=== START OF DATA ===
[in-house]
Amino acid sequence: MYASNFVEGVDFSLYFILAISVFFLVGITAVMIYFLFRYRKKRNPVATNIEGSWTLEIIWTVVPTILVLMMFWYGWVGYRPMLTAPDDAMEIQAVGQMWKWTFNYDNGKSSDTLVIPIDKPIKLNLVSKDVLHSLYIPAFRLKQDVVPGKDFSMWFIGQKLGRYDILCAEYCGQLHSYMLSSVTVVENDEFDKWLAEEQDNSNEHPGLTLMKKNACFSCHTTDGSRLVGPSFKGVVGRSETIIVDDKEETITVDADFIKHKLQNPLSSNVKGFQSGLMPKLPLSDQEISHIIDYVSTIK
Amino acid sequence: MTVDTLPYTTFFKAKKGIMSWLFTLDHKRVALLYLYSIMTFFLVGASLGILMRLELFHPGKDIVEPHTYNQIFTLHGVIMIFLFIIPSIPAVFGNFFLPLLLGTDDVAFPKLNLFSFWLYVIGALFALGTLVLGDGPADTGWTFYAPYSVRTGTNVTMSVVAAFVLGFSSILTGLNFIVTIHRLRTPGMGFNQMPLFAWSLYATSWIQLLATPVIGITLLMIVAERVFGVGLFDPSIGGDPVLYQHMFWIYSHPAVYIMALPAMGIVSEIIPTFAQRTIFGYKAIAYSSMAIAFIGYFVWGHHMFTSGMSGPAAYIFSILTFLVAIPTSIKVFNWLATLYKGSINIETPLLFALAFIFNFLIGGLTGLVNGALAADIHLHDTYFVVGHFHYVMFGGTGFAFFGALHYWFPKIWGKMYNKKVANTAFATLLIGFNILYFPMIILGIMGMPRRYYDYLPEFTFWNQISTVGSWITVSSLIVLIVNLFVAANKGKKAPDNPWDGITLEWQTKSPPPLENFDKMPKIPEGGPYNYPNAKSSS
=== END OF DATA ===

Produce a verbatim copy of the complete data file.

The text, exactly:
[in-house]
Amino acid sequence: MYASNFVEGVDFSLYFILAISVFFLVGITAVMIYFLFRYRKKRNPVATNIEGSWTLEIIWTVVPTILVLMMFWYGWVGYRPMLTAPDDAMEIQAVGQMWKWTFNYDNGKSSDTLVIPIDKPIKLNLVSKDVLHSLYIPAFRLKQDVVPGKDFSMWFIGQKLGRYDILCAEYCGQLHSYMLSSVTVVENDEFDKWLAEEQDNSNEHPGLTLMKKNACFSCHTTDGSRLVGPSFKGVVGRSETIIVDDKEETITVDADFIKHKLQNPLSSNVKGFQSGLMPKLPLSDQEISHIIDYVSTIK
Amino acid sequence: MTVDTLPYTTFFKAKKGIMSWLFTLDHKRVALLYLYSIMTFFLVGASLGILMRLELFHPGKDIVEPHTYNQIFTLHGVIMIFLFIIPSIPAVFGNFFLPLLLGTDDVAFPKLNLFSFWLYVIGALFALGTLVLGDGPADTGWTFYAPYSVRTGTNVTMSVVAAFVLGFSSILTGLNFIVTIHRLRTPGMGFNQMPLFAWSLYATSWIQLLATPVIGITLLMIVAERVFGVGLFDPSIGGDPVLYQHMFWIYSHPAVYIMALPAMGIVSEIIPTFAQRTIFGYKAIAYSSMAIAFIGYFVWGHHMFTSGMSGPAAYIFSILTFLVAIPTSIKVFNWLATLYKGSINIETPLLFALAFIFNFLIGGLTGLVNGALAADIHLHDTYFVVGHFHYVMFGGTGFAFFGALHYWFPKIWGKMYNKKVANTAFATLLIGFNILYFPMIILGIMGMPRRYYDYLPEFTFWNQISTVGSWITVSSLIVLIVNLFVAANKGKKAPDNPWDGITLEWQTKSPPPLENFDKMPKIPEGGPYNYPNAKSSS